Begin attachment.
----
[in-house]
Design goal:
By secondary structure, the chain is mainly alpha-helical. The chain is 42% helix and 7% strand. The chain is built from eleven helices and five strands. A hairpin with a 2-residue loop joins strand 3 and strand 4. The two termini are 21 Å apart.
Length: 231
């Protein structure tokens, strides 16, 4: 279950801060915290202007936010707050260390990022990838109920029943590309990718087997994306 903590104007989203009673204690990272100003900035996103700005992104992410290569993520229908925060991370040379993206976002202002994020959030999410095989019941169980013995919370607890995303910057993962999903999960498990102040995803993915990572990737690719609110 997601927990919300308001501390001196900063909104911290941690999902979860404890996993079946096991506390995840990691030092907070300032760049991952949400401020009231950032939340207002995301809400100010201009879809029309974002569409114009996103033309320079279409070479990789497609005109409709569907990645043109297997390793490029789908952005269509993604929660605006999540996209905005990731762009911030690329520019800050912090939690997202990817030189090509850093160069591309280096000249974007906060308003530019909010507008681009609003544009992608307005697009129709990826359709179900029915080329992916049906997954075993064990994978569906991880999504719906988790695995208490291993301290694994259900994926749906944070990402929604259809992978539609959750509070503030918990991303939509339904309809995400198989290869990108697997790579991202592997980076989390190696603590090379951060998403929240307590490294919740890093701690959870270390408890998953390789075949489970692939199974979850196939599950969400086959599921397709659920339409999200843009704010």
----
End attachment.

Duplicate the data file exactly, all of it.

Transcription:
[in-house]
Design goal:
By secondary structure, the chain is mainly alpha-helical. The chain is 42% helix and 7% strand. The chain is built from eleven helices and five strands. A hairpin with a 2-residue loop joins strand 3 and strand 4. The two termini are 21 Å apart.
Length: 231
């Protein structure tokens, strides 16, 4: 279950801060915290202007936010707050260390990022990838109920029943590309990718087997994306 903590104007989203009673204690990272100003900035996103700005992104992410290569993520229908925060991370040379993206976002202002994020959030999410095989019941169980013995919370607890995303910057993962999903999960498990102040995803993915990572990737690719609110 997601927990919300308001501390001196900063909104911290941690999902979860404890996993079946096991506390995840990691030092907070300032760049991952949400401020009231950032939340207002995301809400100010201009879809029309974002569409114009996103033309320079279409070479990789497609005109409709569907990645043109297997390793490029789908952005269509993604929660605006999540996209905005990731762009911030690329520019800050912090939690997202990817030189090509850093160069591309280096000249974007906060308003530019909010507008681009609003544009992608307005697009129709990826359709179900029915080329992916049906997954075993064990994978569906991880999504719906988790695995208490291993301290694994259900994926749906944070990402929604259809992978539609959750509070503030918990991303939509339904309809995400198989290869990108697997790579991202592997980076989390190696603590090379951060998403929240307590490294919740890093701690959870270390408890998953390789075949489970692939199974979850196939599950969400086959599921397709659920339409999200843009704010």